The Trump administration is reportedly weighing a change in how the government keeps track of trade. According to a Sunday report in the Wall Street Journal, the change would mean that goods that are imported to the U.S. and then “re-exported” to another country would be counted as imports but not as exports.
If implemented, the change would magnify the size of the U.S. trade deficit, reinforcing the president’s view that existing trade deals need to be renegotiated.
Reconfiguring U.S. trade numbers in such a fashion would be a bad idea motivated by an economically shaky assumption. The assumption is that exports are the positive side of the trade ledger and imports are the negative side. Therefore, a trade deficit is a net negative for the U.S. economy.
By reducing the official count of exports and enlarging the trade deficit, or so the thinking goes, policymakers may be more likely to take steps to “fix” the deficit by reducing imports.
This mercantilist approach misses the core reality of trade — Americans benefit from imports and exports, arguably even more so. Imported goods benefit the vast majority of Americans by spurring more competition to satisfy consumers with better products at lower prices. This raises the real wages of American workers, especially low-income workers who spend a larger share of their budgets on such tradable goods and food, clothing, and shoes.
Imports also allow American producers to compete more effectively in global markets by providing imported components, raw materials, and machinery at lower, world prices. More than half of what we import every year is not for consumption but for production — fueling U.S. industry, output, employment, and global sales. Without access to global supply chains, U.S. companies would export fewer cars, airliners, chemicals, and pharmaceuticals.
Not all goods exported from the U.S. are made in the U.S. Some exports are what are known as transshipments, re-exports, or foreign exports. These products enter a U.S. port from abroad and are then shipped to another country with little to no modification in the U.S. It is this kind of export that the Trump administration is weighing whether to exclude from the total U.S. export count.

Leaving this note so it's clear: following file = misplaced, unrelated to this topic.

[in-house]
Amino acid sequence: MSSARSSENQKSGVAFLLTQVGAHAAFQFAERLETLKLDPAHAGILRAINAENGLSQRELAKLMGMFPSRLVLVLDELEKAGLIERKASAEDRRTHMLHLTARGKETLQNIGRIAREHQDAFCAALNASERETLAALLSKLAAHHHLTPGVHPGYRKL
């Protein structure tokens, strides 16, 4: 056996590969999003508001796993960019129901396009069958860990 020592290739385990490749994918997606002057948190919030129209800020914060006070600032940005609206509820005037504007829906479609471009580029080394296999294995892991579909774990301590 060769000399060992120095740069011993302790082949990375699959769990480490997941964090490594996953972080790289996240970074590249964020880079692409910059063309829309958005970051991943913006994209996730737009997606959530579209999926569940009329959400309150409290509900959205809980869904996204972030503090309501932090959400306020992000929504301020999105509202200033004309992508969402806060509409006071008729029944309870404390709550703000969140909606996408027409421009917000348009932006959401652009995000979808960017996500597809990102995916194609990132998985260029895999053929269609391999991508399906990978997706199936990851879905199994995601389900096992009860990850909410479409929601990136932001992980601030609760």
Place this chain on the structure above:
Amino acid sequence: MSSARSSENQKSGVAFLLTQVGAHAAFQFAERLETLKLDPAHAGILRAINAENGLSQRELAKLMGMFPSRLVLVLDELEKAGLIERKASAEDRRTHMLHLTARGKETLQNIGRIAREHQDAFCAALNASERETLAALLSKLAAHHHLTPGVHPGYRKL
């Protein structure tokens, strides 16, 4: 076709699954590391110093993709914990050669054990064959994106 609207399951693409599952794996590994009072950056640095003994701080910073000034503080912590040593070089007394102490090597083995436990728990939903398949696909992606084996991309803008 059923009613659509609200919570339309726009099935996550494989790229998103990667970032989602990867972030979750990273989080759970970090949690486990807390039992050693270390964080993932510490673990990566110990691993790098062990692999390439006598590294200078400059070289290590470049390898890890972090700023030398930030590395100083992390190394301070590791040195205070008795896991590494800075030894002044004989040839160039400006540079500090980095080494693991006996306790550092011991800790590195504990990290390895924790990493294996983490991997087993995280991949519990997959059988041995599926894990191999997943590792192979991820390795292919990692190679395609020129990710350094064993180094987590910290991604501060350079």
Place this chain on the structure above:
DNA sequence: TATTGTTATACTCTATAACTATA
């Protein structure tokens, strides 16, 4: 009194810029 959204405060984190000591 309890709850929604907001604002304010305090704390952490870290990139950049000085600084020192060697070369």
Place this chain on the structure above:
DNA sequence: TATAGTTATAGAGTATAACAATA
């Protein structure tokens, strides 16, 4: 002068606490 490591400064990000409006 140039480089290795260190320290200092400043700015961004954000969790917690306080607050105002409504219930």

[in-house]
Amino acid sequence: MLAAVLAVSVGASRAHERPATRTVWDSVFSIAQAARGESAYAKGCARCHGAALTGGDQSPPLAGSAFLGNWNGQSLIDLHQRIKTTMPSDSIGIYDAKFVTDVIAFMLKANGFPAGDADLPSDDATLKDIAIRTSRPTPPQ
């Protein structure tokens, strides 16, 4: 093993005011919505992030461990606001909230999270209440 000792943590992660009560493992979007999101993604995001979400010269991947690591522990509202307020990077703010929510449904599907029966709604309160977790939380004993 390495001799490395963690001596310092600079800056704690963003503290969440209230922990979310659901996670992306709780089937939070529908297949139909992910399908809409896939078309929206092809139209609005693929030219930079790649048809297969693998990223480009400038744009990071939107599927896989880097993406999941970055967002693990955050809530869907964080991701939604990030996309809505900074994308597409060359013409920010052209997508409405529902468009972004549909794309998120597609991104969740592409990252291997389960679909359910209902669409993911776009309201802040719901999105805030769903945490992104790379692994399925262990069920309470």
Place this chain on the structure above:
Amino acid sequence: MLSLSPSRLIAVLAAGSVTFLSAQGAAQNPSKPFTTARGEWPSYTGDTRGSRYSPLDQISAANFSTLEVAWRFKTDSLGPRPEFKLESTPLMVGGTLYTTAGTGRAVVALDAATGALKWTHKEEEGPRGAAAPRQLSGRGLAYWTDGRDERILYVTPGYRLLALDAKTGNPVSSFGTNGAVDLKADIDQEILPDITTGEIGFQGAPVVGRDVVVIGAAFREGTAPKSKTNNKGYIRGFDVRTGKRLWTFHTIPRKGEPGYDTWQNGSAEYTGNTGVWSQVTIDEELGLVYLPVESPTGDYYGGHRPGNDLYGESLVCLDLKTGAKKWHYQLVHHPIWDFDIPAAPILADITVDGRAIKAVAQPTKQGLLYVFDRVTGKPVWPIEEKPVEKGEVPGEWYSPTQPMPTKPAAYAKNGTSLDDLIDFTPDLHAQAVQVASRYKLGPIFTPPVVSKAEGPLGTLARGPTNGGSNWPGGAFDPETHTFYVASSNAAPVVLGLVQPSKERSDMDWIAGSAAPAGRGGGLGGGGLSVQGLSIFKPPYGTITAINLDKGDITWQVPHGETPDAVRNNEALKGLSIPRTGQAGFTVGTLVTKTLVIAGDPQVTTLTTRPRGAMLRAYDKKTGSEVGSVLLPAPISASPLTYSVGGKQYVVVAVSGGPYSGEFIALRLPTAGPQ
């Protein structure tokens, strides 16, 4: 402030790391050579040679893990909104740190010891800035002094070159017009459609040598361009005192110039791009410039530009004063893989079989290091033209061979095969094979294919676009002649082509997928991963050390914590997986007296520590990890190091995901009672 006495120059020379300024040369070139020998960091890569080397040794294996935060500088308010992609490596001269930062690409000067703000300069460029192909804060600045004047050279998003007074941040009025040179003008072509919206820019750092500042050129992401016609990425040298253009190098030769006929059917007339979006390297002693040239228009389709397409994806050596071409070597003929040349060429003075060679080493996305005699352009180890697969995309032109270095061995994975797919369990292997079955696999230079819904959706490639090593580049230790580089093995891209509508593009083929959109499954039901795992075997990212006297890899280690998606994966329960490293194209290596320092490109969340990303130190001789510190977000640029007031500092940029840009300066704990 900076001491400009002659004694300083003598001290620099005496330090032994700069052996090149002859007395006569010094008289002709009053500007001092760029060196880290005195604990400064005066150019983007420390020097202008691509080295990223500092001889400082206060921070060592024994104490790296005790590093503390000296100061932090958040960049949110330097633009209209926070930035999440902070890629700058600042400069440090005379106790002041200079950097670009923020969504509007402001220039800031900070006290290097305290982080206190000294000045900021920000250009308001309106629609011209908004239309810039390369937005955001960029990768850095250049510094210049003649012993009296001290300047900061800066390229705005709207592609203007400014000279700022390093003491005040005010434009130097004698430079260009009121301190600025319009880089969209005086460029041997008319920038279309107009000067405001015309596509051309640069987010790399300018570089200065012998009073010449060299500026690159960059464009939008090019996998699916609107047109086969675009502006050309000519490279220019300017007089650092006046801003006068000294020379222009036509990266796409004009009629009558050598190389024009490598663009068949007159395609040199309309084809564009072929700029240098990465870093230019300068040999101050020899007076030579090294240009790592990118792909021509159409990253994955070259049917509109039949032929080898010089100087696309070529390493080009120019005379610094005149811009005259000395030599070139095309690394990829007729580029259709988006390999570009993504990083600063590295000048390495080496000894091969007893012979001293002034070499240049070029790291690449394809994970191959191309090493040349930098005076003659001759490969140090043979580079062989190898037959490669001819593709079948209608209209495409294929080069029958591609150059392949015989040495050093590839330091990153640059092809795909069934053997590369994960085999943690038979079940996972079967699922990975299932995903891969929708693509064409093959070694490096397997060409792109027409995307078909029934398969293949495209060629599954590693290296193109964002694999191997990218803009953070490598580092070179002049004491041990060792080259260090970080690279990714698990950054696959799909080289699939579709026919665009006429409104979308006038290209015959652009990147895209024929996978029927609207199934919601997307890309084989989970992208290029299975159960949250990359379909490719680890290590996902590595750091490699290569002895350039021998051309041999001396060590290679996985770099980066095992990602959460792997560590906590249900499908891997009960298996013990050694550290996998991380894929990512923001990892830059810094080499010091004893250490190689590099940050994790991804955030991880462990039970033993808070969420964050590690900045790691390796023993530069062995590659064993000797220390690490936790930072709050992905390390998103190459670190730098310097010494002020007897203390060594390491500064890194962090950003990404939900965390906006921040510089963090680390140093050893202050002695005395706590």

An argument could be made to not count transshipped goods at all in the trade numbers, neither as imports nor as exports, since they only pass through U.S. Customs territory. But to count a good as an import when it enters the United States but not as an export when the same product shipped abroad would defy common sense and honest accounting.
Counting a transshipped good as an import but not an export would make as little sense as counting it as an export but not an import. It is both or neither. Its impact on the amount of goods in the domestic economy is effectively zero, with the import and export effectively cancelling each other out. The re-export of goods should not bother mercantilists, since the good is not consumed in the U.S. and, therefore, not threatening to displace competing domestic production.
The reality of trade is that even transshipments benefit the economy by creating opportunities to add value as a hub for global distribution and logistics. Hong Kong and Singapore have grown rich in large part because of their prominent roles as re-exporting nations.
Hundreds of thousands of good-paying jobs have been created in the United States in seaports and airports that handle the transshipment of goods and in sophisticated distribution centers that direct goods to their final destinations at home and abroad.
South Florida, for example, has become an important hub for the distribution of products to markets throughout Latin America. The region supports a thriving network of warehouses, distribution centers, and busy ports that handle both U.S.-made and foreign-made goods for export.
To count those transshipments as imports but not exports would create the false appearance that the goods were consumed domestically, while also discounting an important engine of economic activity.
If the Trump administration wants to provide the public with a more accurate picture of the contribution of trade to our economy, it should stop trying to tamper with the trade numbers and, instead, focus on expanding the freedom of Americans to both buy and sell goods in global markets wherever those goods are produced.
Daniel Griswold is a senior research fellow and co-director of the Program on the American Economy and Globalization at the Mercatus Center at George Mason University.
The views expressed by contributors are their own and not the views of The Hill.